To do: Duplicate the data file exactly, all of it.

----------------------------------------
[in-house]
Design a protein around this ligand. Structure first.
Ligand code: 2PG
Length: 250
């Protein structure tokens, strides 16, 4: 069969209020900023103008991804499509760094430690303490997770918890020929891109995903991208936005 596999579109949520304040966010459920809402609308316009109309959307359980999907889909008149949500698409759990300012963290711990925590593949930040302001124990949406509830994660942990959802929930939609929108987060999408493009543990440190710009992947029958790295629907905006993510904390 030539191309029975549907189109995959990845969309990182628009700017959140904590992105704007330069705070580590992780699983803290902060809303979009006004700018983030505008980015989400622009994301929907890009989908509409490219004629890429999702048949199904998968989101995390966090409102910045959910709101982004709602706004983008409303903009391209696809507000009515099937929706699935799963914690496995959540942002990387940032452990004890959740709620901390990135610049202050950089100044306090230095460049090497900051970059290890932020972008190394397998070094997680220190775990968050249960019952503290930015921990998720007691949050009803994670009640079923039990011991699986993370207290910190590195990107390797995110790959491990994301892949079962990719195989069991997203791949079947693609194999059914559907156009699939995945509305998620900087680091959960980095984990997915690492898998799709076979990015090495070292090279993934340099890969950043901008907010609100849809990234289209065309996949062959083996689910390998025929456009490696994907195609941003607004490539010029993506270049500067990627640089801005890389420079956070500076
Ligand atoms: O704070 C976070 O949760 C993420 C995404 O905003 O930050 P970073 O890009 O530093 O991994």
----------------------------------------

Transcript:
[in-house]
Design a protein around this ligand. Structure first.
Ligand code: 2PG
Length: 250
């Protein structure tokens, strides 16, 4: 069969209020900023103008991804499509760094430690303490997770918890020929891109995903991208936005 596999579109949520304040966010459920809402609308316009109309959307359980999907889909008149949500698409759990300012963290711990925590593949930040302001124990949406509830994660942990959802929930939609929108987060999408493009543990440190710009992947029958790295629907905006993510904390 030539191309029975549907189109995959990845969309990182628009700017959140904590992105704007330069705070580590992780699983803290902060809303979009006004700018983030505008980015989400622009994301929907890009989908509409490219004629890429999702048949199904998968989101995390966090409102910045959910709101982004709602706004983008409303903009391209696809507000009515099937929706699935799963914690496995959540942002990387940032452990004890959740709620901390990135610049202050950089100044306090230095460049090497900051970059290890932020972008190394397998070094997680220190775990968050249960019952503290930015921990998720007691949050009803994670009640079923039990011991699986993370207290910190590195990107390797995110790959491990994301892949079962990719195989069991997203791949079947693609194999059914559907156009699939995945509305998620900087680091959960980095984990997915690492898998799709076979990015090495070292090279993934340099890969950043901008907010609100849809990234289209065309996949062959083996689910390998025929456009490696994907195609941003607004490539010029993506270049500067990627640089801005890389420079956070500076
Ligand atoms: O704070 C976070 O949760 C993420 C995404 O905003 O930050 P970073 O890009 O530093 O991994």